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Photography Question 
J. Mack Photography
 

How to Photograph Racing Cars


I have been asked by a friend of mine to take pictures of him and his race car during one of the races later in the year. What kind of shutter speed and adjustments should I make in order to take good-quality digital photos? What other kinds of techniques can you suggest in order to produce good photos?


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1/7/2007 10:18:37 PM

 
Bob Fately   James, the "thing" about shooting race cars in action is generally their speed, which in turn can cause motion blur if you don't (or can't) use a high enough shutter speed. Depending on the direction of the car relative to your vantage point, this problem can be minor (when the car is approaching you directly) or a bigger issue (when the car is crossing your field of view, left to right or the opposite).
The solution to the problem is to "pan" with the motion, when the car is moving across your field of view. That means to move the camera in the direction of the car's motion - what this does is keeps the car sharp (except for the wheels, which of course are moving) and causes the background to blur into a streaky ground. This takes the proper timing, of course, so you must practice to get the timing right.
If you can use a tripod or monopod to hold the camera steady in the vertical plane, all the better. This way, when you swing the camera sideways, it won't move up or down, giving you better results.
But again, the timing takes lots of practice. Since you have a digital camera, it won't cost you anything (except time) to take a lot of photos at a track, or a highway, or anywhere that you can find cars moving fast.


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1/8/2007 7:03:04 AM

 
W.    Best results with panning are achieved if the lens axis and the car's movement axis are at right angles. I.o.w. pan and shoot while the car is moving from left to right (or v.v.) past you. NOT coming towards you or moving away from you.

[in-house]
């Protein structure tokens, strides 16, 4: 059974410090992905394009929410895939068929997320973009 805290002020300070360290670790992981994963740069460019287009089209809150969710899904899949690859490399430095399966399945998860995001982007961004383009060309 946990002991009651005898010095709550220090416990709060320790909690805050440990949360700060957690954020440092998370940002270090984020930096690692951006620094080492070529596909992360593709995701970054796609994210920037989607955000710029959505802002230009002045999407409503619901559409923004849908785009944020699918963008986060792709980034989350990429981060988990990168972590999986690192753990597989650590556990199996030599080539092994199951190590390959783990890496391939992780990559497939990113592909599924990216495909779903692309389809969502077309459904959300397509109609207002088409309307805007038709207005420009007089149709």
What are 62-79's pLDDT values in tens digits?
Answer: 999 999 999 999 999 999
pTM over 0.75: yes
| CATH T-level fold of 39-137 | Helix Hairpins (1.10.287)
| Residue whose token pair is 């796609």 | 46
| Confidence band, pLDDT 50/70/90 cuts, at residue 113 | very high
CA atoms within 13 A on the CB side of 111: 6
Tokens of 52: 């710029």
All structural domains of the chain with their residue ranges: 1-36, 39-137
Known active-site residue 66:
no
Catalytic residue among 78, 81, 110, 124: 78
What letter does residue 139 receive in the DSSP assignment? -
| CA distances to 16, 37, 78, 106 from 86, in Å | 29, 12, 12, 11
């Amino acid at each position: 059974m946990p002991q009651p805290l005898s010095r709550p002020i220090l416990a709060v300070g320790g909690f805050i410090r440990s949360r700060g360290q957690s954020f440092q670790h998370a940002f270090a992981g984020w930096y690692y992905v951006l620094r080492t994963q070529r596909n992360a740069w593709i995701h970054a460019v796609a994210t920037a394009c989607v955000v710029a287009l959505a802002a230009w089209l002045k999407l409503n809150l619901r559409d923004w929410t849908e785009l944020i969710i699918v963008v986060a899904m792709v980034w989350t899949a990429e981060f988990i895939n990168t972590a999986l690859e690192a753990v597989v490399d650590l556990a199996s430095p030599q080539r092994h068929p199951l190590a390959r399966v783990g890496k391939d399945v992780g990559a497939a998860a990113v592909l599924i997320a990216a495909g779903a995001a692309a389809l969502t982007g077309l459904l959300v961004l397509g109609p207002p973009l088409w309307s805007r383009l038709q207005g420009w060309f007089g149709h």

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1/8/2007 8:26:54 AM

 
Oliver Anderson
BetterPhoto Member Since: 11/16/2004
  Hey James, I photograph Nascar, AMA, MotoGP, Drag Racing and Drifting. Lens wise I usually use my 70-200 2.8IS since it's fast and has IS. But I've also used my 100MM 1.4 since I'm trackside; it's close enough and very fast, and I get some great photos. You'll have to pan (following the car) and try playing with your settings. You can really get some cool effects. Just hope the first time you've got plenty of light because West Coast likes to race Nascar and Drifting under the lights which can make it a little difficult at times. Taking photos in the straightaways at full speed is the easiest because you can pan on them but I like the sharp turns and chicanes where the cars are slower and most of the action is.


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1/8/2007 8:52:33 AM

 
William Ponsoldt  
 
  Around and Around
Around and Around
© William Ponsoldt
Canon EOS 1D Mark ...
 
 
I just started taking photos at a local track. I also use the 70-200F2.8. Mine is not IS but still does the job nicely. You might eve go for more in the way of a zoom because 200 is not always enough. I just bought a monopod to help with the panning. I am going to use it this weekend and might post some of the shots if they turn out. I set the MKII for its highest iso to get the speed I need. Here is one shot.

The most important thing is getting a good location to take the shot. Alot of places have fences that get in the way.


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1/11/2007 4:33:01 PM

 
  if the car is going 100mph then 10x the shutter speed + your focal length. For example 200mm would be 1200shutter.


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1/12/2007 8:21:43 AM

 
Oliver Anderson
BetterPhoto Member Since: 11/16/2004
  Derek is correct, plus push the button on the camera really fast when the car is going fast.


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1/12/2007 9:09:54 AM

 

BetterPhoto Member
  That was a good one Oliver! ROFLMAO


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1/12/2007 9:56:17 AM

 
Oliver Anderson
BetterPhoto Member Since: 11/16/2004
  Yep!!! I've been watching season 2 of The Office, think its rubbing off on me.


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1/12/2007 10:25:45 AM

 
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